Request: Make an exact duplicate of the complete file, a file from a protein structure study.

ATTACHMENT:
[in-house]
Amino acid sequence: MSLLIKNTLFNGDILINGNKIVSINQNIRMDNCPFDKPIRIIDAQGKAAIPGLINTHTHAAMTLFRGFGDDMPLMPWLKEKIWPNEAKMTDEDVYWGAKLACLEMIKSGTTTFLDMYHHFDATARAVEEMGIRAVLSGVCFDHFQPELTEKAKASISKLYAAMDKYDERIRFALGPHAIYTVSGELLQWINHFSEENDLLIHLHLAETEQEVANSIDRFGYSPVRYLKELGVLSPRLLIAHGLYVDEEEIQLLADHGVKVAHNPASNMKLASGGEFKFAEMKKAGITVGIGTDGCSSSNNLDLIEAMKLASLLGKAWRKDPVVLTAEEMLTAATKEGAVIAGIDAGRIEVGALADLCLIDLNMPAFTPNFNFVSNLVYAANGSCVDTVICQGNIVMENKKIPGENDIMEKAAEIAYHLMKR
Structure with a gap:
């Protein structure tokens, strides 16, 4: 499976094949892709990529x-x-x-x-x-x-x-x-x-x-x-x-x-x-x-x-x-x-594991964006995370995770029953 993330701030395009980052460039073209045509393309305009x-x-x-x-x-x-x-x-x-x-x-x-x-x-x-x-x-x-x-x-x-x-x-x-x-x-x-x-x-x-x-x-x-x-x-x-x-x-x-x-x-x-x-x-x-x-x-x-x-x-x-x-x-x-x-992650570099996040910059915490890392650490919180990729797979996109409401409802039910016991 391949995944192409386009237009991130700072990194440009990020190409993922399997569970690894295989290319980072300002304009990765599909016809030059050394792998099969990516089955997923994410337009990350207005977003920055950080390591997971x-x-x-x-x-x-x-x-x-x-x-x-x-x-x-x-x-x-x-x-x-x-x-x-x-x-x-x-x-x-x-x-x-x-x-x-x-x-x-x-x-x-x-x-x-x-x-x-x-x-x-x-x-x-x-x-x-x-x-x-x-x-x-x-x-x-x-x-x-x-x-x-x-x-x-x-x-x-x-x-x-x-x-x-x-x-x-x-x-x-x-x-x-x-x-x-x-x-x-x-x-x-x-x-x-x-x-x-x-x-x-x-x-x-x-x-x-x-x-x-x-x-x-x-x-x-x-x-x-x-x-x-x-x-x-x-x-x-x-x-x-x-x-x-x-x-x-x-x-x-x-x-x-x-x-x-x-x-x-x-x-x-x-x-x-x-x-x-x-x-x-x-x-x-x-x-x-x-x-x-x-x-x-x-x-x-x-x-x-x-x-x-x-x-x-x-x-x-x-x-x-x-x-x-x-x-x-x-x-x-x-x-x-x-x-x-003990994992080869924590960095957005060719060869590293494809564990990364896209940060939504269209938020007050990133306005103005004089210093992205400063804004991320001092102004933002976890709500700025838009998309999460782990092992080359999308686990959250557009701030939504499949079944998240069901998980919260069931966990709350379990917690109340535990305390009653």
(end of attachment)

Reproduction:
[in-house]
Amino acid sequence: MSLLIKNTLFNGDILINGNKIVSINQNIRMDNCPFDKPIRIIDAQGKAAIPGLINTHTHAAMTLFRGFGDDMPLMPWLKEKIWPNEAKMTDEDVYWGAKLACLEMIKSGTTTFLDMYHHFDATARAVEEMGIRAVLSGVCFDHFQPELTEKAKASISKLYAAMDKYDERIRFALGPHAIYTVSGELLQWINHFSEENDLLIHLHLAETEQEVANSIDRFGYSPVRYLKELGVLSPRLLIAHGLYVDEEEIQLLADHGVKVAHNPASNMKLASGGEFKFAEMKKAGITVGIGTDGCSSSNNLDLIEAMKLASLLGKAWRKDPVVLTAEEMLTAATKEGAVIAGIDAGRIEVGALADLCLIDLNMPAFTPNFNFVSNLVYAANGSCVDTVICQGNIVMENKKIPGENDIMEKAAEIAYHLMKR
Structure with a gap:
């Protein structure tokens, strides 16, 4: 499976094949892709990529x-x-x-x-x-x-x-x-x-x-x-x-x-x-x-x-x-x-594991964006995370995770029953 993330701030395009980052460039073209045509393309305009x-x-x-x-x-x-x-x-x-x-x-x-x-x-x-x-x-x-x-x-x-x-x-x-x-x-x-x-x-x-x-x-x-x-x-x-x-x-x-x-x-x-x-x-x-x-x-x-x-x-x-x-x-x-x-992650570099996040910059915490890392650490919180990729797979996109409401409802039910016991 391949995944192409386009237009991130700072990194440009990020190409993922399997569970690894295989290319980072300002304009990765599909016809030059050394792998099969990516089955997923994410337009990350207005977003920055950080390591997971x-x-x-x-x-x-x-x-x-x-x-x-x-x-x-x-x-x-x-x-x-x-x-x-x-x-x-x-x-x-x-x-x-x-x-x-x-x-x-x-x-x-x-x-x-x-x-x-x-x-x-x-x-x-x-x-x-x-x-x-x-x-x-x-x-x-x-x-x-x-x-x-x-x-x-x-x-x-x-x-x-x-x-x-x-x-x-x-x-x-x-x-x-x-x-x-x-x-x-x-x-x-x-x-x-x-x-x-x-x-x-x-x-x-x-x-x-x-x-x-x-x-x-x-x-x-x-x-x-x-x-x-x-x-x-x-x-x-x-x-x-x-x-x-x-x-x-x-x-x-x-x-x-x-x-x-x-x-x-x-x-x-x-x-x-x-x-x-x-x-x-x-x-x-x-x-x-x-x-x-x-x-x-x-x-x-x-x-x-x-x-x-x-x-x-x-x-x-x-x-x-x-x-x-x-x-x-x-x-x-x-x-x-x-x-x-003990994992080869924590960095957005060719060869590293494809564990990364896209940060939504269209938020007050990133306005103005004089210093992205400063804004991320001092102004933002976890709500700025838009998309999460782990092992080359999308686990959250557009701030939504499949079944998240069901998980919260069931966990709350379990917690109340535990305390009653």